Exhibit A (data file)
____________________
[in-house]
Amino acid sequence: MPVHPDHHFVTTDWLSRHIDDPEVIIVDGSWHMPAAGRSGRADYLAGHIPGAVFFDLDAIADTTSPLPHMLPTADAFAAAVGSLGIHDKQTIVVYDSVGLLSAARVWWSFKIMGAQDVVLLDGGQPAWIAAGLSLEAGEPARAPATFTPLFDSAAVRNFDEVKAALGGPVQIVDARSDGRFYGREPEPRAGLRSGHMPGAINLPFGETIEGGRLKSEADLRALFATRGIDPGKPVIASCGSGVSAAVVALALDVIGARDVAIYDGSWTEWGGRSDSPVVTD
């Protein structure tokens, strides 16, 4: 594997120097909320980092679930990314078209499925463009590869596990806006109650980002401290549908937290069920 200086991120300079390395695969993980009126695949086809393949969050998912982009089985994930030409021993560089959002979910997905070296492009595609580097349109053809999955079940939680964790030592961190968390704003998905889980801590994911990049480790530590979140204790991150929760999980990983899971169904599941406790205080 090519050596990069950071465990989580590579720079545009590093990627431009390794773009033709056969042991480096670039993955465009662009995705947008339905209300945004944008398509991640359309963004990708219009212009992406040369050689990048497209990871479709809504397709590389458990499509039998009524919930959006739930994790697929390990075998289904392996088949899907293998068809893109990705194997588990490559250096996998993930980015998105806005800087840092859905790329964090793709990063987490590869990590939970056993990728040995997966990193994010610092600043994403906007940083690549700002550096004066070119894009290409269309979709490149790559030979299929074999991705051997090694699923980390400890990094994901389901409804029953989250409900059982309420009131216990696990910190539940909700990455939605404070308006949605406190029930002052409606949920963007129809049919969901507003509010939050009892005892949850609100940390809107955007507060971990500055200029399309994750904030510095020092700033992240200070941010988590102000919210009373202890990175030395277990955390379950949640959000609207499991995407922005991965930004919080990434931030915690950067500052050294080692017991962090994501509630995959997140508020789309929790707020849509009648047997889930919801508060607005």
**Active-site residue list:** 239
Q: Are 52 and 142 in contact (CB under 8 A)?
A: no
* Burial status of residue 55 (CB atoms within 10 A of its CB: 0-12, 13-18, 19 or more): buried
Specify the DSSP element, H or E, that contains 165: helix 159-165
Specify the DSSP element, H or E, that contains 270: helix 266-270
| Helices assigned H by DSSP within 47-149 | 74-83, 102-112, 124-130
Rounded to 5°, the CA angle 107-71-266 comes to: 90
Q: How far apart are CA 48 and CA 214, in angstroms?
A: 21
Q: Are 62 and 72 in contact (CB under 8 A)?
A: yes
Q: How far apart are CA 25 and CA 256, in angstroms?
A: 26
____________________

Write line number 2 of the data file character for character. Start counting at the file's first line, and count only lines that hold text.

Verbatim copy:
Amino acid sequence: MPVHPDHHFVTTDWLSRHIDDPEVIIVDGSWHMPAAGRSGRADYLAGHIPGAVFFDLDAIADTTSPLPHMLPTADAFAAAVGSLGIHDKQTIVVYDSVGLLSAARVWWSFKIMGAQDVVLLDGGQPAWIAAGLSLEAGEPARAPATFTPLFDSAAVRNFDEVKAALGGPVQIVDARSDGRFYGREPEPRAGLRSGHMPGAINLPFGETIEGGRLKSEADLRALFATRGIDPGKPVIASCGSGVSAAVVALALDVIGARDVAIYDGSWTEWGGRSDSPVVTD